7. What Bothers You May Differ From Your Spouse – I hate clutter on surfaces like dressers and tables. My husband hates when I put stuff in boxes and “hide” them in corners. Regularly, I will ask my husband what one thing I can do that day to help him. Turns out it’s to remove a box in the garage I forgot about 2 years ago. Clearly it doesn’t bother me as much as my husband. While it may not be as important to me, by prioritizing that one thing, my husband turns around and addresses something that has been bothering me for weeks. We’re both happy about the change when we support each other.
  8. Clutter Invites More Clutter – We made a small decision a few months ago to remove a “centerpiece” from our kitchen island. We focus on keeping that surface clean and it’s amazing how less clutter accumulates on this commonly used surface. Now our eyes look past the clean surface and it motivates us to focus on other areas.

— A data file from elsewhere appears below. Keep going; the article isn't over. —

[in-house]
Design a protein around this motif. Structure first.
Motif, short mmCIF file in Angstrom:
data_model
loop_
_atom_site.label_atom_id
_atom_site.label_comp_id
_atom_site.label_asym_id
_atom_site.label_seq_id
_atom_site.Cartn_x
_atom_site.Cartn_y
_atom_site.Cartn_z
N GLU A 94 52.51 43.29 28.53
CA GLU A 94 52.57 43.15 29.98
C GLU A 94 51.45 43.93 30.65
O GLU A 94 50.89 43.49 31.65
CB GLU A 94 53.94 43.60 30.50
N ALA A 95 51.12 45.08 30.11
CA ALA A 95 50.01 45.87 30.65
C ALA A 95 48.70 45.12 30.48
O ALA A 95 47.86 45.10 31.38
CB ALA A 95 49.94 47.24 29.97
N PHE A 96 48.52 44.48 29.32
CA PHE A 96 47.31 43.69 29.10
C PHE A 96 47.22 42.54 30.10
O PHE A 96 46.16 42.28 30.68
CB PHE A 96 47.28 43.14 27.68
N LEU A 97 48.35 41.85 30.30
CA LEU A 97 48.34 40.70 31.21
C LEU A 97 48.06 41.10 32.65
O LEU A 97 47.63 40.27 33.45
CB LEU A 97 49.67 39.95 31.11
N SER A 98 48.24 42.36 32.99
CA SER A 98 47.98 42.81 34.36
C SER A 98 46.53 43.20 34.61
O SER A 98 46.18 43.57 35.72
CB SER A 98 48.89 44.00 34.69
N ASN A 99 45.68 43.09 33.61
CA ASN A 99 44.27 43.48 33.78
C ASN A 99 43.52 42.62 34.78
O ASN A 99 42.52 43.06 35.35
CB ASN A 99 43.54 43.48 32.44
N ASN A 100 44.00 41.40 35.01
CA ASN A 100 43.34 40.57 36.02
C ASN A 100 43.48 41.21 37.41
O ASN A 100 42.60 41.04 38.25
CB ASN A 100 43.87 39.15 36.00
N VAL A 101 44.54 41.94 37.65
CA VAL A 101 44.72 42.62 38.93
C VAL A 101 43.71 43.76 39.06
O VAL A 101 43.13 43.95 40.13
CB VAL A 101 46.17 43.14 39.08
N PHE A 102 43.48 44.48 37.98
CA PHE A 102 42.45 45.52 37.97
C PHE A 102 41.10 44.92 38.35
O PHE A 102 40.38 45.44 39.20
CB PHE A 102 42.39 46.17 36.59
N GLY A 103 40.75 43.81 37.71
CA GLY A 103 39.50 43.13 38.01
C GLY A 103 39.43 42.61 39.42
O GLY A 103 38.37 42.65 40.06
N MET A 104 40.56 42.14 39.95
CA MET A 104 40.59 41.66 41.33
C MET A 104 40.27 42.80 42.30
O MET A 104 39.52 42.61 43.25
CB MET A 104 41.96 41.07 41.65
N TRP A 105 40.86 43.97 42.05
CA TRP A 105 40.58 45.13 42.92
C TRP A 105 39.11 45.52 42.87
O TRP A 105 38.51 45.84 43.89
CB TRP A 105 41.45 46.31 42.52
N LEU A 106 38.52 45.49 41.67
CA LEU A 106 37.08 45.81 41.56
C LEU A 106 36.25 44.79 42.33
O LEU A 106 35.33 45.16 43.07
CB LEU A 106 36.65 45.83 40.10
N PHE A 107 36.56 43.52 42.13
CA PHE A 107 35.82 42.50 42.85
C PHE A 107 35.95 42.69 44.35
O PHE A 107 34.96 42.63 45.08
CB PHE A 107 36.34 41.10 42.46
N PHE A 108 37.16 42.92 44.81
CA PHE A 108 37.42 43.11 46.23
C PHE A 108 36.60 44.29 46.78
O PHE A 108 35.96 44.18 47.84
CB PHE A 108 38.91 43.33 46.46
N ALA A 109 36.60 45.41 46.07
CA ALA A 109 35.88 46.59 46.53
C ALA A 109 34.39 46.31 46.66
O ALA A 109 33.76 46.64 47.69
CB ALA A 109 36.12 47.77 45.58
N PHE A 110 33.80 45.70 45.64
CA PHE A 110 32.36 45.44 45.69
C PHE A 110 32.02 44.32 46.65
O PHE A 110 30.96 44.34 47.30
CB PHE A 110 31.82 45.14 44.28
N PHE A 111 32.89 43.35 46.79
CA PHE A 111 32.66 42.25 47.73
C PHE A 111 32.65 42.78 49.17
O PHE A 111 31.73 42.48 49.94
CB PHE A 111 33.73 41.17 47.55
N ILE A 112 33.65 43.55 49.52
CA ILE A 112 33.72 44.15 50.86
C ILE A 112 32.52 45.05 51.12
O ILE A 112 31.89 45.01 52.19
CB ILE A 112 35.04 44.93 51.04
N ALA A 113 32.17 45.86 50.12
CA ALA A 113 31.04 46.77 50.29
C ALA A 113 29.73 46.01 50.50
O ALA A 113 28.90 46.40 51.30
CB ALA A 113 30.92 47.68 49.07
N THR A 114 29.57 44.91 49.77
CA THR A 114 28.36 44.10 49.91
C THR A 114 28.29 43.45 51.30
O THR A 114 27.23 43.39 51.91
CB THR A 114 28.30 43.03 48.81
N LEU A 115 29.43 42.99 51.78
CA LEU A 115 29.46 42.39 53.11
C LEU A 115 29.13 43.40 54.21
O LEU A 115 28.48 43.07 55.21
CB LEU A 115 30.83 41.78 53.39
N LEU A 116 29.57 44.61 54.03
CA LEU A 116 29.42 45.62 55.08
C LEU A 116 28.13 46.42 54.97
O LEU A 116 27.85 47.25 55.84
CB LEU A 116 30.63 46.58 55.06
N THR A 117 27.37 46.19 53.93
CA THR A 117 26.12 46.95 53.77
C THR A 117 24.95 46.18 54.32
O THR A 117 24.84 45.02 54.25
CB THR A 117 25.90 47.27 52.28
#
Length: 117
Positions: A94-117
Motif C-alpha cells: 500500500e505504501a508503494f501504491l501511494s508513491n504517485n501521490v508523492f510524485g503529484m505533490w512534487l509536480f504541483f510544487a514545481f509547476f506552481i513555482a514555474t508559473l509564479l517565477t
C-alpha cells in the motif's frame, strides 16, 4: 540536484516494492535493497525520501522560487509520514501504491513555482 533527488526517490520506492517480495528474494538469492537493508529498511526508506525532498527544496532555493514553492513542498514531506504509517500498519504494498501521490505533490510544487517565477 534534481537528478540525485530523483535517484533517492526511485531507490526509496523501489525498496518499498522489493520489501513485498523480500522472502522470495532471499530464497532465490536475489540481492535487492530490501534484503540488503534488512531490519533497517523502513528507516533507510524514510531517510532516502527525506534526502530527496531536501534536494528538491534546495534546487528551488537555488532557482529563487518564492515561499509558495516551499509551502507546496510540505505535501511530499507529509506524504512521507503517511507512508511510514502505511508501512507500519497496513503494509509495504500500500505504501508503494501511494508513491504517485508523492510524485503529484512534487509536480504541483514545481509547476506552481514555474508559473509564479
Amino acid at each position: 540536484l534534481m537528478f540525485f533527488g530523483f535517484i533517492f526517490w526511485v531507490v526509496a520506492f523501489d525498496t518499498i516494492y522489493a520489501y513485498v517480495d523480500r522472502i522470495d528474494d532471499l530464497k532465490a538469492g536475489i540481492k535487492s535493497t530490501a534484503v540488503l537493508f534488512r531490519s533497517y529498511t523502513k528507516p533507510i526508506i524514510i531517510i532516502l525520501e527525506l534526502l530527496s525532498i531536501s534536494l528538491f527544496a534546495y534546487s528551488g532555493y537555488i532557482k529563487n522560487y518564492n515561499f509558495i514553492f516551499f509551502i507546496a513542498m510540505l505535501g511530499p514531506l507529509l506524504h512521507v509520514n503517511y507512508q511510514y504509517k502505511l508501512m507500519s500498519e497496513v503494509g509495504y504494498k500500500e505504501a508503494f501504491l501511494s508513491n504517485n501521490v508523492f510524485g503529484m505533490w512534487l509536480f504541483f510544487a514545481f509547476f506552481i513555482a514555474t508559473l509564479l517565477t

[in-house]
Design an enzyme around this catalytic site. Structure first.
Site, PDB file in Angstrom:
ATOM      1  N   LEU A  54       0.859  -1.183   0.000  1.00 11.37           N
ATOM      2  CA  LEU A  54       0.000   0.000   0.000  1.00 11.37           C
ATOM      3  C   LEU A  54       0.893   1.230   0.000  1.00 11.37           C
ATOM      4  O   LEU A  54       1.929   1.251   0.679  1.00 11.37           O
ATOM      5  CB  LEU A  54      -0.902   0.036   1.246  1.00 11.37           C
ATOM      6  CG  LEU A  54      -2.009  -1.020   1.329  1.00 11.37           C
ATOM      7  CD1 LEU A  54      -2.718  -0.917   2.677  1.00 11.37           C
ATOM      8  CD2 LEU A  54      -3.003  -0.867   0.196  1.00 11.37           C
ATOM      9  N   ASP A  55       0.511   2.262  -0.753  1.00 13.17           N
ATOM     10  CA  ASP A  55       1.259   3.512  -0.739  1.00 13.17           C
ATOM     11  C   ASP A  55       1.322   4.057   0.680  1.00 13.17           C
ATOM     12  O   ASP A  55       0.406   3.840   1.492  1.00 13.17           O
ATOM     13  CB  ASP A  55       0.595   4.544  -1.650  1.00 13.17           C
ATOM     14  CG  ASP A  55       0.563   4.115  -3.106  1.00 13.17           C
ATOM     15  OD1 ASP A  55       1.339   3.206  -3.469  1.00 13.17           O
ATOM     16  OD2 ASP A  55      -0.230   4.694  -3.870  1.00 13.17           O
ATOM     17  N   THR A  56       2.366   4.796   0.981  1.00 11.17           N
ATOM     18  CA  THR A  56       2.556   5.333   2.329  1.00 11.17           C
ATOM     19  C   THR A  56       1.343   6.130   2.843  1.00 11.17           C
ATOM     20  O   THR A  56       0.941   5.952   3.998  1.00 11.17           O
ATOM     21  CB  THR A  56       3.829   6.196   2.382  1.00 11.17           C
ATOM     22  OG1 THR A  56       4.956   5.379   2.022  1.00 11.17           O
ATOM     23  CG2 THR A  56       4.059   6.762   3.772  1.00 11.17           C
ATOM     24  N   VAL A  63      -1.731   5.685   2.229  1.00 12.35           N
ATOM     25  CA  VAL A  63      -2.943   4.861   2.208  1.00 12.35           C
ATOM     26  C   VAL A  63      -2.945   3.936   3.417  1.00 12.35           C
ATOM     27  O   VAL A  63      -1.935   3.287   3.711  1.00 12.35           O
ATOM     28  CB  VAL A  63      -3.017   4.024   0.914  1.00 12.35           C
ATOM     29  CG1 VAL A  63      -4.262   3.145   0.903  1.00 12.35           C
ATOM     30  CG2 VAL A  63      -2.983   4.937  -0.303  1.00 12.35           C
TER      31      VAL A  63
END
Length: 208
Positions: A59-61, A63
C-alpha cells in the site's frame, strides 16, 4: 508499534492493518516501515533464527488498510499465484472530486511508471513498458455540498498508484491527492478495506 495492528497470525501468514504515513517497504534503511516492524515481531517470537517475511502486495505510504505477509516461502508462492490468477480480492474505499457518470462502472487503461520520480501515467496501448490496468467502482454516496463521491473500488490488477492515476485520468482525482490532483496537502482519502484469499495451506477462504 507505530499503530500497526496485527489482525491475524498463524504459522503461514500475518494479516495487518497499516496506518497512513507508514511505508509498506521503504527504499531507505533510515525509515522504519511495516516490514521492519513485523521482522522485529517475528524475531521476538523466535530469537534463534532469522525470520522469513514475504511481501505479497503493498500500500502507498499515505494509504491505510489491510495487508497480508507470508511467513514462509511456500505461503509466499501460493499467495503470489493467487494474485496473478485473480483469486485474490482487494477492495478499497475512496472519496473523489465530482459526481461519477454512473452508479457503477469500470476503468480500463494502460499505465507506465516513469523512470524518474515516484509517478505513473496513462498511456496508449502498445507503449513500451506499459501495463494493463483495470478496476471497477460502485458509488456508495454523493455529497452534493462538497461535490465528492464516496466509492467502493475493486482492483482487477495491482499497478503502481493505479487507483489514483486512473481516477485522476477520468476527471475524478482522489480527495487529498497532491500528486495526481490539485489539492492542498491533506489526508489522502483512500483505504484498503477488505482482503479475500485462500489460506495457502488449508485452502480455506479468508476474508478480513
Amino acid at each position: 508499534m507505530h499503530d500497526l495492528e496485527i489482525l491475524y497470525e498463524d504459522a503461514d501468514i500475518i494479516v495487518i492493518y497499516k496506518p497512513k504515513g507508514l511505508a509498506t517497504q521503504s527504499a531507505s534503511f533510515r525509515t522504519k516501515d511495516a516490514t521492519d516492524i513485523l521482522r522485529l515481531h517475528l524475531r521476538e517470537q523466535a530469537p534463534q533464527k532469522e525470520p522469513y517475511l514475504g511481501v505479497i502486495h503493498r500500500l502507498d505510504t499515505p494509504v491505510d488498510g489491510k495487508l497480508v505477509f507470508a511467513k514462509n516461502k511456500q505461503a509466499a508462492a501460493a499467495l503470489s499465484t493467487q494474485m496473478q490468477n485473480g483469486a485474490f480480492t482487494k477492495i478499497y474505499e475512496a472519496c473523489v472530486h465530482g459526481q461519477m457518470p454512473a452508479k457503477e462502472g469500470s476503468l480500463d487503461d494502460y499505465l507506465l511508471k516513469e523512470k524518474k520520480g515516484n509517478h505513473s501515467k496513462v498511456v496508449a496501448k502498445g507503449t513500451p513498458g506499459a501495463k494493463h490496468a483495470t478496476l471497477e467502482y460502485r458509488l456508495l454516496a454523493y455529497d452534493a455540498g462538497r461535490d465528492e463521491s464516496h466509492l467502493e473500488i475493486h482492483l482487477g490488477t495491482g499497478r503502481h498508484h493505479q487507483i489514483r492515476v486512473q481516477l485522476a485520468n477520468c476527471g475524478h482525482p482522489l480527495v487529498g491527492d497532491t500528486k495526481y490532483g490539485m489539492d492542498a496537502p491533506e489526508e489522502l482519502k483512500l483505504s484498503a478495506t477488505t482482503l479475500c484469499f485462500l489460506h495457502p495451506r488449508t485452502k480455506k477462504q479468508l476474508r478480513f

9. Push Yourself to Change the Norm – Does your house feel clean? Sit on the couch and admire your hard work. Now push yourself a little bit further because that is the best time to achieve a new expectation for a clean home.
  10. Get Rid of the Kids – My husband’s contribution of advice… and honestly not a bad idea, at least for a few hours or a day. We call our son “the tornado” for a reason, and sometimes we spend so much of our day picking up the chaos that he leaves behind. It can be challenging to make lasting progress packing up items for donation or trash with him pulling it all out again.